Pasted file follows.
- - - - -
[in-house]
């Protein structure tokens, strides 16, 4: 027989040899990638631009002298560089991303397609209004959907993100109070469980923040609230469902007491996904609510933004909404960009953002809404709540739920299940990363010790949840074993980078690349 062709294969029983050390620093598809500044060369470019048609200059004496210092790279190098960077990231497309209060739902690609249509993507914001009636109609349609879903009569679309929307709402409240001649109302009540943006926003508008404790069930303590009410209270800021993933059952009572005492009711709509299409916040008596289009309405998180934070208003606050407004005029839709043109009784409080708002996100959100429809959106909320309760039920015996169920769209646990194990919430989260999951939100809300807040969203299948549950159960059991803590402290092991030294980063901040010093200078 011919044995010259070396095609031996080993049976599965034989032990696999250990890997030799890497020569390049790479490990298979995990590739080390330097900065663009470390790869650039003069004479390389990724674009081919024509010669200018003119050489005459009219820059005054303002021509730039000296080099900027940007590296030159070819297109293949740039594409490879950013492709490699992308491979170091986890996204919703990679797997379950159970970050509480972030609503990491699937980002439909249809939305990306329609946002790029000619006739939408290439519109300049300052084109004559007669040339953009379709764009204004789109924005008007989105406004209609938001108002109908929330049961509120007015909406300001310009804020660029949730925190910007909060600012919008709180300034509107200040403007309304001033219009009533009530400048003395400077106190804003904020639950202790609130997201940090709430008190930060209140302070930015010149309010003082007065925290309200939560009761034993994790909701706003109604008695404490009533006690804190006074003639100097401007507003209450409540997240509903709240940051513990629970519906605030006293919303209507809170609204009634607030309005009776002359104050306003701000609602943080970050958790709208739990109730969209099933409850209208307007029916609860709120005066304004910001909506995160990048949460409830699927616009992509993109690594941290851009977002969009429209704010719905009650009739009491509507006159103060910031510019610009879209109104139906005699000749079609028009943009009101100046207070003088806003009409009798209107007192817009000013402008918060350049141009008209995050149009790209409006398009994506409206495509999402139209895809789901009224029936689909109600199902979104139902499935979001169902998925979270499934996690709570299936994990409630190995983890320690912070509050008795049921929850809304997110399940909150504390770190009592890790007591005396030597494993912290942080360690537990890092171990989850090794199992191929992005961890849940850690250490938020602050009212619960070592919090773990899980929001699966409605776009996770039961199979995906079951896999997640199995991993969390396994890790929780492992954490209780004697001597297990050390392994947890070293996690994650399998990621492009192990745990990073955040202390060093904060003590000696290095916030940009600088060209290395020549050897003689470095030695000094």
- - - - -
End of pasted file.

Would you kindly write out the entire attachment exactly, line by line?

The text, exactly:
[in-house]
């Protein structure tokens, strides 16, 4: 027989040899990638631009002298560089991303397609209004959907993100109070469980923040609230469902007491996904609510933004909404960009953002809404709540739920299940990363010790949840074993980078690349 062709294969029983050390620093598809500044060369470019048609200059004496210092790279190098960077990231497309209060739902690609249509993507914001009636109609349609879903009569679309929307709402409240001649109302009540943006926003508008404790069930303590009410209270800021993933059952009572005492009711709509299409916040008596289009309405998180934070208003606050407004005029839709043109009784409080708002996100959100429809959106909320309760039920015996169920769209646990194990919430989260999951939100809300807040969203299948549950159960059991803590402290092991030294980063901040010093200078 011919044995010259070396095609031996080993049976599965034989032990696999250990890997030799890497020569390049790479490990298979995990590739080390330097900065663009470390790869650039003069004479390389990724674009081919024509010669200018003119050489005459009219820059005054303002021509730039000296080099900027940007590296030159070819297109293949740039594409490879950013492709490699992308491979170091986890996204919703990679797997379950159970970050509480972030609503990491699937980002439909249809939305990306329609946002790029000619006739939408290439519109300049300052084109004559007669040339953009379709764009204004789109924005008007989105406004209609938001108002109908929330049961509120007015909406300001310009804020660029949730925190910007909060600012919008709180300034509107200040403007309304001033219009009533009530400048003395400077106190804003904020639950202790609130997201940090709430008190930060209140302070930015010149309010003082007065925290309200939560009761034993994790909701706003109604008695404490009533006690804190006074003639100097401007507003209450409540997240509903709240940051513990629970519906605030006293919303209507809170609204009634607030309005009776002359104050306003701000609602943080970050958790709208739990109730969209099933409850209208307007029916609860709120005066304004910001909506995160990048949460409830699927616009992509993109690594941290851009977002969009429209704010719905009650009739009491509507006159103060910031510019610009879209109104139906005699000749079609028009943009009101100046207070003088806003009409009798209107007192817009000013402008918060350049141009008209995050149009790209409006398009994506409206495509999402139209895809789901009224029936689909109600199902979104139902499935979001169902998925979270499934996690709570299936994990409630190995983890320690912070509050008795049921929850809304997110399940909150504390770190009592890790007591005396030597494993912290942080360690537990890092171990989850090794199992191929992005961890849940850690250490938020602050009212619960070592919090773990899980929001699966409605776009996770039961199979995906079951896999997640199995991993969390396994890790929780492992954490209780004697001597297990050390392994947890070293996690994650399998990621492009192990745990990073955040202390060093904060003590000696290095916030940009600088060209290395020549050897003689470095030695000094």